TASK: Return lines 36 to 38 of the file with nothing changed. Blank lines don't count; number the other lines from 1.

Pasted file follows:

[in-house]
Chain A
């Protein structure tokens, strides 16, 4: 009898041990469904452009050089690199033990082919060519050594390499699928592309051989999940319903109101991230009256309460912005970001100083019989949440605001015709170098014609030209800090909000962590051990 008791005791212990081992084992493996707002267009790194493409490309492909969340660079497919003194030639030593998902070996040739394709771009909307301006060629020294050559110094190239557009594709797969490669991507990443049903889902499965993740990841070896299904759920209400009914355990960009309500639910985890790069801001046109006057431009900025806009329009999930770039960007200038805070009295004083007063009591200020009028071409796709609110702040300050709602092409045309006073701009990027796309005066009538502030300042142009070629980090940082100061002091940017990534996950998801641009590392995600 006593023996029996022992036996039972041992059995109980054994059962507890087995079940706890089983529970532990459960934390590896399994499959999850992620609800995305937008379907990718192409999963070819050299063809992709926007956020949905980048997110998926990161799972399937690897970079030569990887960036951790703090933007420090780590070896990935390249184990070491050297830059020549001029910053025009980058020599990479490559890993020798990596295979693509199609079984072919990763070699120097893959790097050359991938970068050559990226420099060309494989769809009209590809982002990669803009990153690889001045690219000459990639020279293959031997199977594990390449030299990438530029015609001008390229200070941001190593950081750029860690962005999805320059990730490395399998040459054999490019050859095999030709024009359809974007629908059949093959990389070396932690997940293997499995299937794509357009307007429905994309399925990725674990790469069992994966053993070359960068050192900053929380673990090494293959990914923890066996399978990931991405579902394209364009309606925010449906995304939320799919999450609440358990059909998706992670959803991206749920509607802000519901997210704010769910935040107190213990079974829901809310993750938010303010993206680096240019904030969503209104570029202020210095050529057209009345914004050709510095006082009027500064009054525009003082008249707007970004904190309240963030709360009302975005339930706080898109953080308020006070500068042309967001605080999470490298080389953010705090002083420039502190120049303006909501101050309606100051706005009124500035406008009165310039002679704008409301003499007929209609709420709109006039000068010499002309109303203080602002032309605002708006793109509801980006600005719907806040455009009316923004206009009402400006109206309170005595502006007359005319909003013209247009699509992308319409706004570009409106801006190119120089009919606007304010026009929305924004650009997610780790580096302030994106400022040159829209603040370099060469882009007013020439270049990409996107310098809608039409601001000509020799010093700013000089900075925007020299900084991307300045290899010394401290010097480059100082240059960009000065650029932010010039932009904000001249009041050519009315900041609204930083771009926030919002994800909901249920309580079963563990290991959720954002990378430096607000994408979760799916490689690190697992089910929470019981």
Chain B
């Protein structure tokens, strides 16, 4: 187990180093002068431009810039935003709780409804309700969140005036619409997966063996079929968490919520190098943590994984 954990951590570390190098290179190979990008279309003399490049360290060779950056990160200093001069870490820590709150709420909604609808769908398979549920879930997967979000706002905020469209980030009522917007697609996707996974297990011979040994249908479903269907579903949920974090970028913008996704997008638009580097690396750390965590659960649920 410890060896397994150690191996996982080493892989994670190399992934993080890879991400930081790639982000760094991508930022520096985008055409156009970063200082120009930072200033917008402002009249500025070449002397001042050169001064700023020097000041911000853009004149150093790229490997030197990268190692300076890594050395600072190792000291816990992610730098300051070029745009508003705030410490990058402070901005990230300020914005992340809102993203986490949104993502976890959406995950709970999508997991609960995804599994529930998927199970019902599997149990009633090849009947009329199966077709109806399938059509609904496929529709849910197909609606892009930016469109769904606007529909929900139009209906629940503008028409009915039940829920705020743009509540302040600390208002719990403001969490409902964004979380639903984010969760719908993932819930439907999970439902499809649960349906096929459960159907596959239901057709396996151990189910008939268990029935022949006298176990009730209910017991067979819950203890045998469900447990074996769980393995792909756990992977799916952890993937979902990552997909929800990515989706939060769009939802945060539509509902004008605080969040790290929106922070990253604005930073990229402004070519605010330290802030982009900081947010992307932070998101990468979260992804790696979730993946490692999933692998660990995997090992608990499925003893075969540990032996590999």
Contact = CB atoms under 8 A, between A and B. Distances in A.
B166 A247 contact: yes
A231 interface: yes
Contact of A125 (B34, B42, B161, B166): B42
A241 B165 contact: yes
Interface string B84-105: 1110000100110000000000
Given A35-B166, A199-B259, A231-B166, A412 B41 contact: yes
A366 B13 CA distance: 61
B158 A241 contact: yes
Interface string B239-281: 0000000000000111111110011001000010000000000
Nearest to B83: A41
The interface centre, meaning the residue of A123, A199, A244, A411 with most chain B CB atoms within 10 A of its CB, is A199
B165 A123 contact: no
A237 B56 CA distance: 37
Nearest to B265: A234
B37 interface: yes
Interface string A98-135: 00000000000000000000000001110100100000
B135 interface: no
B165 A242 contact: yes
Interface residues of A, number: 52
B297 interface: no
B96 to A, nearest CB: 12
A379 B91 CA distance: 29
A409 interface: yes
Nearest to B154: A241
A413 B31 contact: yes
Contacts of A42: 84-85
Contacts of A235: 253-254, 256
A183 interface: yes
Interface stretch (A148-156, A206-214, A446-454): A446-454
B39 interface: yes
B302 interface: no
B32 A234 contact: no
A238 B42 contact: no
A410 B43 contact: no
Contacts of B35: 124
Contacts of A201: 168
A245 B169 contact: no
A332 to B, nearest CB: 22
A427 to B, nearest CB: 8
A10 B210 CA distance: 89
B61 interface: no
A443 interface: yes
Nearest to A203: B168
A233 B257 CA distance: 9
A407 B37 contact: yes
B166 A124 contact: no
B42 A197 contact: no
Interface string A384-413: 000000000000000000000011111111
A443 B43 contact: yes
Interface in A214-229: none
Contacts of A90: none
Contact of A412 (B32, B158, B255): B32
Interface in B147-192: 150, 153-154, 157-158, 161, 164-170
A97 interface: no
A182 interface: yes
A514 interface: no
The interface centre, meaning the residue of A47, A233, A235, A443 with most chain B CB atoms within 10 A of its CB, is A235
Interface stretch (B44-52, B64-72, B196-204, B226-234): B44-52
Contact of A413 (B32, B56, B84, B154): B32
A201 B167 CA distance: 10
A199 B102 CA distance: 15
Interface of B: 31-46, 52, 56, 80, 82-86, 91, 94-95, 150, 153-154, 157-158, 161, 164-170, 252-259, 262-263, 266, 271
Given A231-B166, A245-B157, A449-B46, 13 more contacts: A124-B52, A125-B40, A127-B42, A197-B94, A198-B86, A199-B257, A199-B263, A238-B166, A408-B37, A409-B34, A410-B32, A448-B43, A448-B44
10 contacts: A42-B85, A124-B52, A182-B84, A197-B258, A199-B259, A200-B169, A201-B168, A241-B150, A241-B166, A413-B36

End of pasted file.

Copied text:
B39 interface: yes
B302 interface: no
B32 A234 contact: no